6 Costs People Forget When They Move Out On Their Own

Running a home is a job in itself. Between cooking, cleaning, paying monthly bills and utilities, and working to earn money, the responsibility of managing a household should not be taken lightly. This may be part of the reason why so many young adults are choosing to delay this step. According to data reported in a Forbes article, 31% of 18- to 34-year-olds still live at home with their parents.

Some people move out immediately after high school, some move out during college, others wait until after college (when they get into a career), and some people live with their parents well into adulthood. Everyone is different.

When people do decide to move out on their own, they usually try and make some sort of budget beforehand. “How much of a rent payment can I afford?” people ask themselves when deciding on a place to live. “What about utilities, cable, Internet, food, and personal expenses?”

Although making a budget is a step in the right direction, there are several costs that people forget about during this process. When living at home, everything is provided, and it’s easy to forget that moving out means moving into an empty house. Here are a few costs you may forget about when you move out on your own for the first time.

Source: Thinkstock

Over-the-counter medications

Everyone gets sick. If you get a headache, cold, the flu, cramps, or any other sickness or ailment, you’re going to want an over-the-counter pain reliever. You may need some cold medicine or aspirin one day. At your parents’ house, these medications were probably on hand in the medicine cabinet, but in an empty house, they will not be available unless you go out and buy them.

According to the National Center for Policy Analysis, the average OTC medication costs at least $7. So, to stock your cabinet with 10 medications — from allergy meds to vitamins — you’re looking at around a $70 cost.

Source: iStock

Kitchen essentials (like plastic wrap, foil, flour, and spices)

Most people budget for food, but it’s easy to forget that all of your spices — think salt, pepper, cinnamon, and sugar — are not already in your cabinet. The cost of these items can really add up. You also have to purchase all of your utensils aside from the usual forks and knives. You will need spatulas, serving spoons, and storage containers, just to name a few.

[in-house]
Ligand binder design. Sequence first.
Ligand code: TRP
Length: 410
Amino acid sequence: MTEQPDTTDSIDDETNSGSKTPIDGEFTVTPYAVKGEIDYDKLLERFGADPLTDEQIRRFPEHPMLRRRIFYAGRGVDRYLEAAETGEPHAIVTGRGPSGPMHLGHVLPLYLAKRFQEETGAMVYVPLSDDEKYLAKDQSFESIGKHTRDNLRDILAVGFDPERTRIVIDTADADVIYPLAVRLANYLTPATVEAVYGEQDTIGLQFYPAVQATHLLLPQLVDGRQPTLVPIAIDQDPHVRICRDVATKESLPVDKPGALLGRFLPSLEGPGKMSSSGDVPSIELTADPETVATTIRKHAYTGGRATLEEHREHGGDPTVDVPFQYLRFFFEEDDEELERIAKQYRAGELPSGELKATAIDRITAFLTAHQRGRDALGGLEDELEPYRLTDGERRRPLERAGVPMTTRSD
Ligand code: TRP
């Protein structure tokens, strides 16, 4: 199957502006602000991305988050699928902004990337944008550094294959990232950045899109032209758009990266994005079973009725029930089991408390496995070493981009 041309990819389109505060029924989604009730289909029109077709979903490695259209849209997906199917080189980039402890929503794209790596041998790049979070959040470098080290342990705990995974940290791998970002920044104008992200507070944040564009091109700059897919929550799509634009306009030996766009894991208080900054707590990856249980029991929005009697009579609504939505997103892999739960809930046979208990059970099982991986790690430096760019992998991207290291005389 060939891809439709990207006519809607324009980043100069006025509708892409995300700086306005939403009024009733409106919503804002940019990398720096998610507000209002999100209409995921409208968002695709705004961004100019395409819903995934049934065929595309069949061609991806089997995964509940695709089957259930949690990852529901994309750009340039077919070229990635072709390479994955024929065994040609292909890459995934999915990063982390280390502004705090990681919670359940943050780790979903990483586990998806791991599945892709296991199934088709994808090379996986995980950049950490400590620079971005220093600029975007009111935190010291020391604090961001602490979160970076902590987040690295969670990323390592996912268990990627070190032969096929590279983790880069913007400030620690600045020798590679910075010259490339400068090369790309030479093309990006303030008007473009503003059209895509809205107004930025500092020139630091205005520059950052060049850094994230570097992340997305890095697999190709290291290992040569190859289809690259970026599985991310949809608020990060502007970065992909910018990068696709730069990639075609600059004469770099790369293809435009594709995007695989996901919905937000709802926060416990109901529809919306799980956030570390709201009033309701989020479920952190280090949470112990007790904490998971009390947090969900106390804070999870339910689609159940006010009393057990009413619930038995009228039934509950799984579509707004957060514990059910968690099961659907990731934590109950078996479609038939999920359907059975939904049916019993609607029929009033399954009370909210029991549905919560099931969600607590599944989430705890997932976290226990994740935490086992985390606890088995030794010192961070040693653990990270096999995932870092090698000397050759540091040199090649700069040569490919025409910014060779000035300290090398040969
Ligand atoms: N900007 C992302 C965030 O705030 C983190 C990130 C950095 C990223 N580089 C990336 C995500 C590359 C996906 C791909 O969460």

If you want to bake, your recipe may require aluminum foil or parchment paper. Some people even forget about appliances, like toasters and coffee makers — there are also pots and pans. Large pans can cost anywhere between $10 and $200, depending on the type of pan, the quality, and the retailer.

Source: iStock

3. Cleaning products

You want to clean your house, wash your cloths, and do the dishes, right? It’s easy to forget that if you open up your cabinet under the sink, there will be no Swiffer pads, sponges, bleach, Lysol, dish washing detergent, or laundry soap. According to the Bureau of Labor Statistics, urban households spent close to $200 on cleaning and laundry supplies alone in 2011, and rural households spent nearly $150.

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Tools

It’s really easy to forget that you need to own a screwdriver, wrench, toilet brush, or even a broom until you actually need to use one of these items. BLS consumer expenditure surveys indicate that typical households spend around $100 per year on small appliances and miscellaneous housewares. Unless you plan on borrowing these items from a neighbor every single time you need them, you should probably account for this cost.

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Toiletries (like Q-tips)

At home with your parents, your bathroom may be stocked with cotton swabs, antiseptic alcohol, bandages, mouthwash, face wash, razors, and shaving cream. You probably have everything you need to get ready each day, plus the things you need on random occasions (like when you have a minor cut or scrape).

Of course, each and every one of those items comes with a monetary cost, and when moving into your own place, that’s a cost you have to account for. According to the BLS, households spend an average of $135 per year on medical supplies and another $608 on personal care products and services.

Source: Thinkstock

Stationery (like pens, pencils, and scissors)

Pens, pencils, printer paper, staples, scissors, and other stationery items do not come with the house, either. These are all items you have to buy to the tune of around $140 per year. That is, if you pay the household average cost for postage and stationery.

Need to mail a letter? You’ll need an envelope and stamps. Want to prepare a report? You may need to go out and buy things like highlighters, sticky notes, and other items you don’t even think about until you need them.

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